3. Zombieland on All 4
The UK broadcaster Channel 4’s streaming service is probably better for streaming hit shows such as Great British Bake-Off and Derry Girls, but it does have the occasional solid movie to watch as well. At the moment there's Zombieland, which fits the current vogue for post-apocalyptic entertainment. Unusually, it replaces the traditionally rather grim tone of most zombie movies with an acknowledgement that living in a scenario where you get to shoot lots of things and basically do whatever you want can be kinda fun.
Woody Harrelson and Jesse Eisenberg are expertly cast to play the same, contrasting, roles they both always play. Emma Stone and Abigail Breslin make a great pair of gun-totin', ever-lovin' sisters. Oh, and there is a one very surprising cameo appearance. No spoilers now!
4. Drive on ITV Hub
Sure, Amazon Prime Video may have all the Bond films but ITV Hub currently has every single Carry On film available to stream for free. Ooh, matron! There is one genuinely good Carry On film: Carry On Up The Khyber, and one great joke, in Carry On Don't Lose Your Head, where Joan Simms refers to 'my husband, the Count'. It's all in her delivery.
Now I've saved you the bother of watching any of them, on to Nicolas Winding-Refn's Drive. Probably the most influential arthouse movie of the past decade, this film features a lot of neon, a pulsating electronica soundtrack, swooning romance, a certain amount of driving – although not that much, considering the title – and an awful lot of very extreme and bloody violence. Something for everyone, then.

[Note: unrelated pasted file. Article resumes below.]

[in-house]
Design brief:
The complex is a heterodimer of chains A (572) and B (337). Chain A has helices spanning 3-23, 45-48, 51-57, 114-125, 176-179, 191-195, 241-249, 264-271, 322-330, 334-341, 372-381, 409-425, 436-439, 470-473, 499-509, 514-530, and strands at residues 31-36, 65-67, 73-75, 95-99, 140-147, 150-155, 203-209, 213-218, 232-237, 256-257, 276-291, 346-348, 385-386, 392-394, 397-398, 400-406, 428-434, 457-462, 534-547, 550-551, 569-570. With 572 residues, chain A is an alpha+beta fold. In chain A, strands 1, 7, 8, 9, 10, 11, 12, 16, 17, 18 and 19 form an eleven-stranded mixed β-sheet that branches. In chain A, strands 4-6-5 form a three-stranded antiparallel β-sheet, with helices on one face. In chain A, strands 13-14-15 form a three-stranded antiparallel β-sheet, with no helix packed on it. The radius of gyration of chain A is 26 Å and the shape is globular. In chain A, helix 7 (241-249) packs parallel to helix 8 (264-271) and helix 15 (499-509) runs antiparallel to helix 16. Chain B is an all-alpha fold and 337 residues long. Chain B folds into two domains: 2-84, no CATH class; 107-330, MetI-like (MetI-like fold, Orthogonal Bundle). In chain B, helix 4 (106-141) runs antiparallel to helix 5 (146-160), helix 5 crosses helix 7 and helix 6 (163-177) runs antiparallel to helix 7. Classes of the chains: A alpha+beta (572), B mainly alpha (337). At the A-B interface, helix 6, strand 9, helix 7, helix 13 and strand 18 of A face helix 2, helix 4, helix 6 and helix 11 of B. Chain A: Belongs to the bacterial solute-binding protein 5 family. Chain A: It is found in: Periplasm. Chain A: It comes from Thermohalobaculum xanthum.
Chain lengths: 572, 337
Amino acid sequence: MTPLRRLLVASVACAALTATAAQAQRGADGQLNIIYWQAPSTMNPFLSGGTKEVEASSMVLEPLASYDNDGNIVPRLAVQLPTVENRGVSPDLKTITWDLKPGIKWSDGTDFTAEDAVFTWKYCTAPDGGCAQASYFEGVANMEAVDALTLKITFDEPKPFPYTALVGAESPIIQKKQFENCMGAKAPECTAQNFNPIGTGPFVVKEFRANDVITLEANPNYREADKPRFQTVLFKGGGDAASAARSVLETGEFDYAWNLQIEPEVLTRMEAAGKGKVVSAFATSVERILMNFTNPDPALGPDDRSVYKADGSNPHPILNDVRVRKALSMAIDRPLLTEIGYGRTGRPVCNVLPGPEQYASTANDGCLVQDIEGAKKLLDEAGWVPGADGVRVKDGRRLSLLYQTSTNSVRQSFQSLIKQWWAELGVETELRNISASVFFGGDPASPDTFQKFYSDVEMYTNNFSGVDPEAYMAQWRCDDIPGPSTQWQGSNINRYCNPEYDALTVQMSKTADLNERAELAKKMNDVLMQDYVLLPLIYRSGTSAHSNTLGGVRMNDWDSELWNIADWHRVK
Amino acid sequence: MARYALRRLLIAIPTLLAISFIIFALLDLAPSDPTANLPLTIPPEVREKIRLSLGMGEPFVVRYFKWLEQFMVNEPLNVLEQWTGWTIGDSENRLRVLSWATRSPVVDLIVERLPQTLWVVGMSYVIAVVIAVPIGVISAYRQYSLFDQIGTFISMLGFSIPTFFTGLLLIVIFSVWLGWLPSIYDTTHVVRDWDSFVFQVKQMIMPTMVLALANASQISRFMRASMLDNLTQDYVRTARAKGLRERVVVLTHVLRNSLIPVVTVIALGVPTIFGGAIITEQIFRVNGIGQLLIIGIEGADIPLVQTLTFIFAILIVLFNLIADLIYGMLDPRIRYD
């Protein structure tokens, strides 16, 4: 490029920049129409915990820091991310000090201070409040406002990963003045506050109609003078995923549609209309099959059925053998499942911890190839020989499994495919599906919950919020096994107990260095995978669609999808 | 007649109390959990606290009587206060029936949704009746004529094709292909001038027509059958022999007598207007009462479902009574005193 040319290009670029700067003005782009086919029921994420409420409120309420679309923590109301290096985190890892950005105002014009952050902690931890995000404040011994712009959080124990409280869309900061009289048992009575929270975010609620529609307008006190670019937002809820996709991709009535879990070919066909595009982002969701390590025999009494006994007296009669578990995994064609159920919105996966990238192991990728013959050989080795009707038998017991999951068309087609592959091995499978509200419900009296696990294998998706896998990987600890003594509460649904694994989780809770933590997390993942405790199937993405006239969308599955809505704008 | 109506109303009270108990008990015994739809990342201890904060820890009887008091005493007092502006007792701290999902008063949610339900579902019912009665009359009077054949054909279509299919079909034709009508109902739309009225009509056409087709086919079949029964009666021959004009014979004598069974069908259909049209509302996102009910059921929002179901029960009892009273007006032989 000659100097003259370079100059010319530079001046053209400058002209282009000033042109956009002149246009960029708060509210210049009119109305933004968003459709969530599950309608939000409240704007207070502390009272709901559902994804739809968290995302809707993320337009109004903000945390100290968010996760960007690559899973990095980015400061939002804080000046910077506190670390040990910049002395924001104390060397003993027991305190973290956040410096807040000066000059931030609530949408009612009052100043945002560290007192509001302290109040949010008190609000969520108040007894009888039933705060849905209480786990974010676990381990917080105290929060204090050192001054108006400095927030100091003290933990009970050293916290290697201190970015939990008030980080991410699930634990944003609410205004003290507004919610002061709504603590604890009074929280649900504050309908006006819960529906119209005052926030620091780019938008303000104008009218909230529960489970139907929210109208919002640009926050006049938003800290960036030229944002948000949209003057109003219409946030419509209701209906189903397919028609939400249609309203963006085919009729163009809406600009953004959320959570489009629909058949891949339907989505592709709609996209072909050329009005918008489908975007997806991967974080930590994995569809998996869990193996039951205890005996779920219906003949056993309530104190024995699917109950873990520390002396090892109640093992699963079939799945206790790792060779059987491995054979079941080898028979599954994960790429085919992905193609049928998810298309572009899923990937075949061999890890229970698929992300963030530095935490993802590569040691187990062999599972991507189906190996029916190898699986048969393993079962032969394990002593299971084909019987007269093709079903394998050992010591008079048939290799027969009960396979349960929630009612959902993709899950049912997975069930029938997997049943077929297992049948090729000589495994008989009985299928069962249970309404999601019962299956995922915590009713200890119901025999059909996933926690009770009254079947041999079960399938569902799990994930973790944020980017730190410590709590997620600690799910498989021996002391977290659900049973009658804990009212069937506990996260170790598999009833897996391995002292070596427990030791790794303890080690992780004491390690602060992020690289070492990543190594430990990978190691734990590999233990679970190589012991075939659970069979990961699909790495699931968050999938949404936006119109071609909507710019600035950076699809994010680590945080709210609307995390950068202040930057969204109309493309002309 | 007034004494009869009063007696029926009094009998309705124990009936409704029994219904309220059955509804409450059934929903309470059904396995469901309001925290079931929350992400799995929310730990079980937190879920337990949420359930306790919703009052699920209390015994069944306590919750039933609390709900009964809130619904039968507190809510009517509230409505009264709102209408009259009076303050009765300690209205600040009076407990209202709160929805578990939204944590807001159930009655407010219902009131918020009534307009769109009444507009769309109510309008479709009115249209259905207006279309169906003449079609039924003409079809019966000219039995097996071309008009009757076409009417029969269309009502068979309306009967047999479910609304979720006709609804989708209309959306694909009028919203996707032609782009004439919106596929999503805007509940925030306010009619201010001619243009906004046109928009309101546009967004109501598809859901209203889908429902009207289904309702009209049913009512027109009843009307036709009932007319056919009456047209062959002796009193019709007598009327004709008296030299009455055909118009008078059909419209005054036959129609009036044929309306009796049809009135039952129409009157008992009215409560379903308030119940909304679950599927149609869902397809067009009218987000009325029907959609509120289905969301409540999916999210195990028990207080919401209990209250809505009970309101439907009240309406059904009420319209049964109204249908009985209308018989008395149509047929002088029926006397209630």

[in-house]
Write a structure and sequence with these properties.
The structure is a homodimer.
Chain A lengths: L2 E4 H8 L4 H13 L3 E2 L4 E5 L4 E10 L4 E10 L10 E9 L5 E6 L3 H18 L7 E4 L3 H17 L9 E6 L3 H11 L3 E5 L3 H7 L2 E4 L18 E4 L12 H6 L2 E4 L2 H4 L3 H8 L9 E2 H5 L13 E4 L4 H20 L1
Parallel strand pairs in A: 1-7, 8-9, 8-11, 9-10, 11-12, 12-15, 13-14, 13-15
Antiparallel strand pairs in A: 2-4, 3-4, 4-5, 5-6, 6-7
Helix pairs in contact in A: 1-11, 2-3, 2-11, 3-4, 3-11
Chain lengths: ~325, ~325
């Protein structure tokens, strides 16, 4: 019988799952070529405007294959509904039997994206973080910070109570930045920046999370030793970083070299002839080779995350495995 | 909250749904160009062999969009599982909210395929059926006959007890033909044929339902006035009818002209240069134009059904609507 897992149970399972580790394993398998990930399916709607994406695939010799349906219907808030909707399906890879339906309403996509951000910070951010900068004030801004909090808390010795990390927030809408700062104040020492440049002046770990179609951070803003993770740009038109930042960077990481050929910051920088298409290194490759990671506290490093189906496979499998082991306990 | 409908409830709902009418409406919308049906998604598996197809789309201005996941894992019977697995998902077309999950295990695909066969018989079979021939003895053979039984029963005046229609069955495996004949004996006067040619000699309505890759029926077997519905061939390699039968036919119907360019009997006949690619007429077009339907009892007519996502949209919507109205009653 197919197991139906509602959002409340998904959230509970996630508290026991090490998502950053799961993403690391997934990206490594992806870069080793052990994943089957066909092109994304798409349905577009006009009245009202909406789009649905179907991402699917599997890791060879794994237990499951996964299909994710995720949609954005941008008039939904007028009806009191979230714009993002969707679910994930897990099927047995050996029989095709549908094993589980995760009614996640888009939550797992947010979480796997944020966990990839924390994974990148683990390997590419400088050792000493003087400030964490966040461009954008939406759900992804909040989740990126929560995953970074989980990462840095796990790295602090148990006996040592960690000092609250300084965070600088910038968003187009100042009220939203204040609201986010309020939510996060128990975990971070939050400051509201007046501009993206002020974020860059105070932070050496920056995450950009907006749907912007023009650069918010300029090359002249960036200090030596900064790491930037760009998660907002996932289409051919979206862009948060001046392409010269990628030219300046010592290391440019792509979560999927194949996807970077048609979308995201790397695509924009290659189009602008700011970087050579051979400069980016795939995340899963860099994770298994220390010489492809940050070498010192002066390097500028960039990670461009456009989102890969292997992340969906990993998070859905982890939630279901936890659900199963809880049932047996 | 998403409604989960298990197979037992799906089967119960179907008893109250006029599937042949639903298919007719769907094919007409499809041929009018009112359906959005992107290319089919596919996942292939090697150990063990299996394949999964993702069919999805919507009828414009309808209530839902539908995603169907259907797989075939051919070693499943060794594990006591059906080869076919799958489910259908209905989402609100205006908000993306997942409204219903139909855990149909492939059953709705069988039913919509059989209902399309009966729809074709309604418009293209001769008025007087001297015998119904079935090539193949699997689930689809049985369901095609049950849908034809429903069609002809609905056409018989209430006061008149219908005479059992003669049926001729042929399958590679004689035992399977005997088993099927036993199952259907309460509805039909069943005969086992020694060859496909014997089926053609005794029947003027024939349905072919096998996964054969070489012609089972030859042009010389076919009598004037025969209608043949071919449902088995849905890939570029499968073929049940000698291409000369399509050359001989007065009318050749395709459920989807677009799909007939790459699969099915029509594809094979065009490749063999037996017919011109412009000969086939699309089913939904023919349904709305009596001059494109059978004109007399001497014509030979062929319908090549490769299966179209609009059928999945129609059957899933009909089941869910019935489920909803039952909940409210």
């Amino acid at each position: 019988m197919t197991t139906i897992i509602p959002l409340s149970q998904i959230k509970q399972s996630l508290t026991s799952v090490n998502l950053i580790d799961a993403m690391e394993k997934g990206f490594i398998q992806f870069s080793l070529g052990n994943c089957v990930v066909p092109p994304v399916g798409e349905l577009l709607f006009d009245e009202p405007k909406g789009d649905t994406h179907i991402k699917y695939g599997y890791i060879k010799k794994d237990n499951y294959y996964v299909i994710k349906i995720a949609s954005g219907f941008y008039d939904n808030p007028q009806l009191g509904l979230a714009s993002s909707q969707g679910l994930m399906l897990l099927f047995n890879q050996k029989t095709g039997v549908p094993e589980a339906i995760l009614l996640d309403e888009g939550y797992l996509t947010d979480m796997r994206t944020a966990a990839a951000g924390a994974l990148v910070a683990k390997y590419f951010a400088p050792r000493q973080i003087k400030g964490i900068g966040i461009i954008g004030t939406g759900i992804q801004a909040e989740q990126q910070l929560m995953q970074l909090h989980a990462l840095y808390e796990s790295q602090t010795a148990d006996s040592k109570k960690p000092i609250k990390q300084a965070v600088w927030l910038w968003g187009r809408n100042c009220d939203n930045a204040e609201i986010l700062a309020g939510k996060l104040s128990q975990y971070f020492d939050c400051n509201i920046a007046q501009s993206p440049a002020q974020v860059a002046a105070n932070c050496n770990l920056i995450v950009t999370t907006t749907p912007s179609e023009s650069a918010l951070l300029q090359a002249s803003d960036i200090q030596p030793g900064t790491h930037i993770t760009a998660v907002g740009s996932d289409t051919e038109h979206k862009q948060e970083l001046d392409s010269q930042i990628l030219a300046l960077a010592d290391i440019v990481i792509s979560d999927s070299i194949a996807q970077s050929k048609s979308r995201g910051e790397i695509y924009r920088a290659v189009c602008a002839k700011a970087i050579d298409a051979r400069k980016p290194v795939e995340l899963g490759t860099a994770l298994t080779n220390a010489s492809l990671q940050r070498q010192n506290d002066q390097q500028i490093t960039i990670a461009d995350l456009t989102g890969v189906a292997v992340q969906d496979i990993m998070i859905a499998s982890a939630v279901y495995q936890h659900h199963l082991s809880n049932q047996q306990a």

Ryan Gosling and Carey Mulligan make a lovely pair, and the rest of the cast is perfect. Albert Brooks, Ron Perlman and Bryan Cranston are the key players, and Oscar Isaac crops up in a minor but critical role, too.
5. Crimson Peak on Freevee
Given its terrible name, you might reasonably expect Freevee to be a load of old crap. You would be incorrect in this assumption, although its adverts are a little clunky and annoying. Films currently streaming on the Amazon-owned channel, which was formerly known as IMDb TV, include Guillermo Del Toro's Crimson Peak, Dan Jones adaptation Inferno – for the mums and dads – and post-apocalypse misery-fest The Road, as well as a bunch of Dreamworks cartoons.
I wouldn't say the Freevee selection was all amazing, but it must be the only place where you can watch, for free, both the original series of The A*Team and The Passion of the Christ. Although I pity the fool who would try to watch those two back to back.
Anyway, back to Crimson Peak. Despite its prestigious director and cast – Mia Wasikowska! Jessica Chastain! Tom Hiddleston! Erm… Charlie Hunnam! – this is not one of Del Toro's films made with an eye to the Oscar's. Rather, it's a slightly hysterical haunted house movie featuring vengeful ghosts, illicit trysts and a stabbing with a pen. Fun for all the family.
Battle Royale on Freevee
Anyone still pining for Squid Game should check out this, the OG of Far Eastern movies in which people are killed by an uncaring elite, for no apparent reason.
Like an R-rated version of The Hunger Games, the majority of Battle Royale is taken up with scenes of children battling to survive on an island where they have been placed in order to kill each other, using a variety of heavy weapons and other nasty means of homicide. I can't really tell you a lot about the plot, but I think you get the general gist from that. Like a lot of weird and blood-spattered Japanese movies, Battle Royale features an appearance by Takeshi 'Beat' Kitano. This is often a bit disorientating for audiences in the West, where he is best known as the host of Takeshi's Castle, the offbeat physical-challenge game show.
As well as the obvious influence on Hunger Games, this film also gives its name to the massively popular genre of games exemplified by Fortnite and PUBG. It stands up very well indeed today, but is obviously not for the faint-of-heart.